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Alberta Congregation Celebrates Liberation Day Anniversary


“In April, 1945, the end of the war was in sight. The Nazis allowed the Red Cross to fly in bread from Sweden for the Dutch city people. I can still see the planes flying low over our city, their bellies painted orange. And some of us saw the big parcels dropping at Schiphol airfield. We all cried when we got that bread. It tasted like the most delicious cake. On May 5th our liberators came—Canadian soldiers. What a relief, and how thankful we were. Liberation. It is such a deep, joyful word.”

This excerpt from the memoirs of a long-time member of West End Christian Reformed Church in Edmonton, Alta., now deceased, was among the many stories shared on the evening of May 8 as approximately 180 church members and guests gathered to emotionally remember and enthusiastically celebrate the 70th anniversary of  the liberation of the Netherlands from enemy occupation during World War II.

The deep gratitude and respect that the Dutch and the Netherlands have for Canada and for Canadians today can be traced back to the key role that Canada played in liberating the Netherlands from the Nazis. More than 7,600 Canadian soldiers died on Dutch soil in the effort. As well as its role in liberation, Canada also provided sanctuary during the war to some members of the Dutch royal family. The enduring connection between the two countries is evidenced by the ongoing care the Dutch bestow on the graves of all the Canadian soldiers buried in the Netherlands and in the tulips—gifts from the Netherlands—that bloom in the Canadian capital city of Ottawa each spring.

Most of the storytellers, senior members of West End CRC, were children in the Netherlands at the time of World War II, their parents later immigrating to Canada, where they established some of the first Christian Reformed congregations in this country. Other storytellers shared not their own memories but stories that relatives had handed down either verbally or in writing. There were stories of fear, hunger, and death as well as life-giving stories about acts of kindness and mercy shown and many expressions of gratitude to God and to Canada.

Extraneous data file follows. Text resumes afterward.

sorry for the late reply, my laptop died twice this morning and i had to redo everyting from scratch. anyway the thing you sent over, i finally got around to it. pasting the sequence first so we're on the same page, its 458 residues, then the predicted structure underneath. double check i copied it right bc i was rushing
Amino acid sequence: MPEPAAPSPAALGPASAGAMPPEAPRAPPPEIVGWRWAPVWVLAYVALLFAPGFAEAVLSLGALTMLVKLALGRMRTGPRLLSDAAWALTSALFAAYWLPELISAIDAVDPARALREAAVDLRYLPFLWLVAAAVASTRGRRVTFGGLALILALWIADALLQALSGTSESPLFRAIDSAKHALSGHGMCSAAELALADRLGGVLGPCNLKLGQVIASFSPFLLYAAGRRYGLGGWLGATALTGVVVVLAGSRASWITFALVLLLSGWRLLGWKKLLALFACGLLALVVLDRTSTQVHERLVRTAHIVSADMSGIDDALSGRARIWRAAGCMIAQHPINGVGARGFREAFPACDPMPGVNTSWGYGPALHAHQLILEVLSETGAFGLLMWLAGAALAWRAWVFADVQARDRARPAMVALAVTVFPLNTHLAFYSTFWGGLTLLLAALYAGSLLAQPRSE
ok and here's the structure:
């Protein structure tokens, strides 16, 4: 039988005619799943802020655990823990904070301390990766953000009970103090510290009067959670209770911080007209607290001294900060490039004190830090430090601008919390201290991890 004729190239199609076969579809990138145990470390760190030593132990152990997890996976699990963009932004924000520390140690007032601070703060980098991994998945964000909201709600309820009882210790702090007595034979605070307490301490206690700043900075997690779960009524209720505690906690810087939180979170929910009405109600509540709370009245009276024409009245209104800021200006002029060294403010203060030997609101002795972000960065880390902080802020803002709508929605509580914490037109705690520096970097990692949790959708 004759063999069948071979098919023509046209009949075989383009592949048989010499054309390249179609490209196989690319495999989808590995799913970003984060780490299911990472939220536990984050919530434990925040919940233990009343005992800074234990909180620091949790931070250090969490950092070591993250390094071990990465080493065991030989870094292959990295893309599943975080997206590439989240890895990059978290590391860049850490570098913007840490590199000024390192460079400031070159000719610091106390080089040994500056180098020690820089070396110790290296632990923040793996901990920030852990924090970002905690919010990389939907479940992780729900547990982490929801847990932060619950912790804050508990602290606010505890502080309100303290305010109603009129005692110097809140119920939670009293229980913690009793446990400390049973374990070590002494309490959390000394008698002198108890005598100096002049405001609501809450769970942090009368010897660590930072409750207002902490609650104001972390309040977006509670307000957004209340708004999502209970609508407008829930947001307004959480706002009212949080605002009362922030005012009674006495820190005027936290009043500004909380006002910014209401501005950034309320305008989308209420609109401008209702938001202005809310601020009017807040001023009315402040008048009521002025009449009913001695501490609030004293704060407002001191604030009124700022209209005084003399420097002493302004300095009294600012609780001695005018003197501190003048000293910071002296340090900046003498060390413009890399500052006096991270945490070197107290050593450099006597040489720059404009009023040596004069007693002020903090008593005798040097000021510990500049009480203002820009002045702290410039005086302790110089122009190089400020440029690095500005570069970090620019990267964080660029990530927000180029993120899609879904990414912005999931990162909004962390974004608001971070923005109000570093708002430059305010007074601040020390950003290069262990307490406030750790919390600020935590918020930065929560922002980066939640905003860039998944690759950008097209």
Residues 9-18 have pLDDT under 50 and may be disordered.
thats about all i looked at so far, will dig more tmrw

“You only know what freedom is when you’ve had a time when you didn’t have freedom,” explained one elderly man before sharing his story.

Another man in his 80s started his presentation by saying, “Thank God for godly people.” He went on to tell the story of the farmer who saved his life. At age 9, Jim Cupido was starving, as were many in Holland’s cities. A six-hour train ride away, a Christian farmer took in Cupido and other children for six weeks at a time and fed them back to health and strength. Because they were so weak, they were not expected to do any farm work.

Two German women who grew up near the border with Holland also shared stories of their lives during the war, explaining how dangerous it was to speak out against Hitler in their German town and how “scary” a time it was. “I started school in 1939,” one of them said, “but spent half the time in a bunker.” And so the storytelling went throughout the evening.

Remembering and celebrating Liberation Day through storytelling turned out to be a powerful intergenerational community-building event. Many in the audience voiced their gratitude for the gift of the stories shared, and those who spoke appeared proud and invigorated in the telling.

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